Daniel Libeskind: The Ground Zero Master Plan
When New York was attacked on 9/11, world famous architect Daniel Libeskind was in Berlin for the opening of his Jewish Museum. At once he said: I am leaving for New York. Hear the fascinating story behind the ground zero master plan in this very personal interview. Read more …
Actually Daniel Libeskind had lost the competition for the ground zero master plan, before it even started. Libeskind was asked to sit on the jury for the competition, which would have excluded him from participating. He was honored and agreed, but then found out, that he could not be in New York for the decision because of other obligations. Only then he was told, “well, if you are not on the jury, maybe you can participate in the competition.”
Libeskind goes on telling about the project. How it was announced, that another team had won the competition, before he was asked to present his project again. How he was called up on his way to Berlin and was declared the winner. And how he then started to work on ground zero with so many different stakeholders around him. “It’s a crazy adventure, because it is a highly political, highly emotional, highly complicated process to get something build on that site, which is about memory”.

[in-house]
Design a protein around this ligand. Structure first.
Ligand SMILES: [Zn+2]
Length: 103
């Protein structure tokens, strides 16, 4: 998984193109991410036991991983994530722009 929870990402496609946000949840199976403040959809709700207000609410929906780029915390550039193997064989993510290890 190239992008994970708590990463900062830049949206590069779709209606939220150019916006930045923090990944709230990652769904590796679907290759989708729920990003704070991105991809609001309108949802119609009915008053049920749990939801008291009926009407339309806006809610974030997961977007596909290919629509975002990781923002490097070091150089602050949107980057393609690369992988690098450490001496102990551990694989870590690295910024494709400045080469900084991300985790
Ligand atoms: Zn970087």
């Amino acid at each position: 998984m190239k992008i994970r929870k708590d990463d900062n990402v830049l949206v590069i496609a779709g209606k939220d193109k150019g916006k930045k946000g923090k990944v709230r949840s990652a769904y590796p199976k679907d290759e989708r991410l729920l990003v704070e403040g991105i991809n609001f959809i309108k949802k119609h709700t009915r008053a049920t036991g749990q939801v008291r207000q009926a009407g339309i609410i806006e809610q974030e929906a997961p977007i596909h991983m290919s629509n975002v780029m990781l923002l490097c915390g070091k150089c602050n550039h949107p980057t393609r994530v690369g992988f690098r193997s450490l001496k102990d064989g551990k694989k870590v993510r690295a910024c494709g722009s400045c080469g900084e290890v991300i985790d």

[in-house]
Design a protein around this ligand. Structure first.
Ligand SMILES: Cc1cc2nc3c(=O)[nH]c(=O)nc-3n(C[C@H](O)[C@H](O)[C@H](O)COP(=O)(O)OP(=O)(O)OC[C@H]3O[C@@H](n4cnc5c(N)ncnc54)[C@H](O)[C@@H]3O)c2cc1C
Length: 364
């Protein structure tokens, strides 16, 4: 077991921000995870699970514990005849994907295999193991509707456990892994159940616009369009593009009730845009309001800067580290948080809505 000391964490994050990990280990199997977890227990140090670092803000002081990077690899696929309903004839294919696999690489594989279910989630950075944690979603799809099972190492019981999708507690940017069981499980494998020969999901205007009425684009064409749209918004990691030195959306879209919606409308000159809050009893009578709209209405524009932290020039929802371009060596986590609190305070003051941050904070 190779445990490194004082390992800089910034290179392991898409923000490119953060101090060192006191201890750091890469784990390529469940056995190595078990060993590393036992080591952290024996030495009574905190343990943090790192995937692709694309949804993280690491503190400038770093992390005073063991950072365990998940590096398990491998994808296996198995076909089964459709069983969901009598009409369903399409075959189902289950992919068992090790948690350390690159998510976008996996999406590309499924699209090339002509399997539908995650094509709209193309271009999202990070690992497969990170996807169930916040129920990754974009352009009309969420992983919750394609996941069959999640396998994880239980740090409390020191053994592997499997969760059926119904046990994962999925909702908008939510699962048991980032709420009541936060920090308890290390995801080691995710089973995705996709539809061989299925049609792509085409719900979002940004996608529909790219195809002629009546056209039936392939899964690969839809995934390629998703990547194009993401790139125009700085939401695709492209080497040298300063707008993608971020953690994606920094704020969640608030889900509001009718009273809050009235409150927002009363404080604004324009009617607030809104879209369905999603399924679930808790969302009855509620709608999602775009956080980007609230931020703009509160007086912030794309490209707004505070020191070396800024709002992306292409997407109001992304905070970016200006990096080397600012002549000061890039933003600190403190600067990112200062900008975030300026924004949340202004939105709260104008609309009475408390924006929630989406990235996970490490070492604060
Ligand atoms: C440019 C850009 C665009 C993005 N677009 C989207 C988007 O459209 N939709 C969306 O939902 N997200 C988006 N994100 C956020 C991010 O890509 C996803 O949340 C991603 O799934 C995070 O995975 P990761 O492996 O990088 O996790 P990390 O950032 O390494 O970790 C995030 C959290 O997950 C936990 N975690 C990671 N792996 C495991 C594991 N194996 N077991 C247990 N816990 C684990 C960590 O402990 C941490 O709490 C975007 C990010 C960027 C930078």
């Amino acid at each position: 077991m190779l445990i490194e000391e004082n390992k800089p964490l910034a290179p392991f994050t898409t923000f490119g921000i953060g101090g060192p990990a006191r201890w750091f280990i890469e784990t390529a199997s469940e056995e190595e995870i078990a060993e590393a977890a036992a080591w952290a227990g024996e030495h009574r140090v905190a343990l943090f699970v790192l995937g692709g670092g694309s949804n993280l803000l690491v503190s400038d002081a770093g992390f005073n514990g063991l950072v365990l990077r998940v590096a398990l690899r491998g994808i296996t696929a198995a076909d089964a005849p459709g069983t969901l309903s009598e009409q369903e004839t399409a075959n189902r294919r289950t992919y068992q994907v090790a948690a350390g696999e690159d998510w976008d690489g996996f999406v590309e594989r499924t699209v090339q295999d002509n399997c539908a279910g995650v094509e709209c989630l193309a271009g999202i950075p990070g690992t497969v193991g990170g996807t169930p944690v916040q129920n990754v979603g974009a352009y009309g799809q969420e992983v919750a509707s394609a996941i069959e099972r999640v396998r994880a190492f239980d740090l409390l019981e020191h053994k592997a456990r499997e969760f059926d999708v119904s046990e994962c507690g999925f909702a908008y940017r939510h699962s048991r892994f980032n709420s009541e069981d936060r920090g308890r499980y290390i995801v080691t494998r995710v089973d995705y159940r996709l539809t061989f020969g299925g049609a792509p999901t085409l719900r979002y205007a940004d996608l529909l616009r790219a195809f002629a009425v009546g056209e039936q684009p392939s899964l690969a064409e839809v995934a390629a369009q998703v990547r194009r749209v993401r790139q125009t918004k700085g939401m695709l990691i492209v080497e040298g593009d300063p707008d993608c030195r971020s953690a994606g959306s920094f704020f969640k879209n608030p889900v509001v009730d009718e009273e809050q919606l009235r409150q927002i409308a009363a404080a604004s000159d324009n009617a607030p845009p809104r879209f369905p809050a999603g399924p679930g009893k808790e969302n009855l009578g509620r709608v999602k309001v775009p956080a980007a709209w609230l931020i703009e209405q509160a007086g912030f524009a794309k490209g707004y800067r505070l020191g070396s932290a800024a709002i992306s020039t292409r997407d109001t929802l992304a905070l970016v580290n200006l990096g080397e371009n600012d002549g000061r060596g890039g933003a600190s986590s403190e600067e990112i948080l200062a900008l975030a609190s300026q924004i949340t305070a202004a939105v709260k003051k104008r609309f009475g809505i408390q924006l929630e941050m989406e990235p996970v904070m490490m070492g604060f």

Libeskind continues to tell about his thoughts that went into the ground zero master plan. Why he wanted the centre to be a public space. Why water was brought into it. How he wanted ground zero to connect to the neighborhoods around. And why the highest building – the One World Trade Center – ended up being 1776 feet high. “9/11 was a day, that changed the world. We could respond politically and militarily, and we saw those responses. But architecture can respond differently by constructing something that has sense for people, that is a spirit.”
Daniel Libeskind was interviewed by Jesper Bundgaard/ Out of Sync, in New York City in 2014.
Camera & edit: Per Henriksen, Out of Sync
Produced by: Out of Sync, Christian Lund & Marc-Christoph Wagner
Copyright: Louisiana Channel, Louisiana Museum of Modern Art, 2014
Supported by Nordea-fonden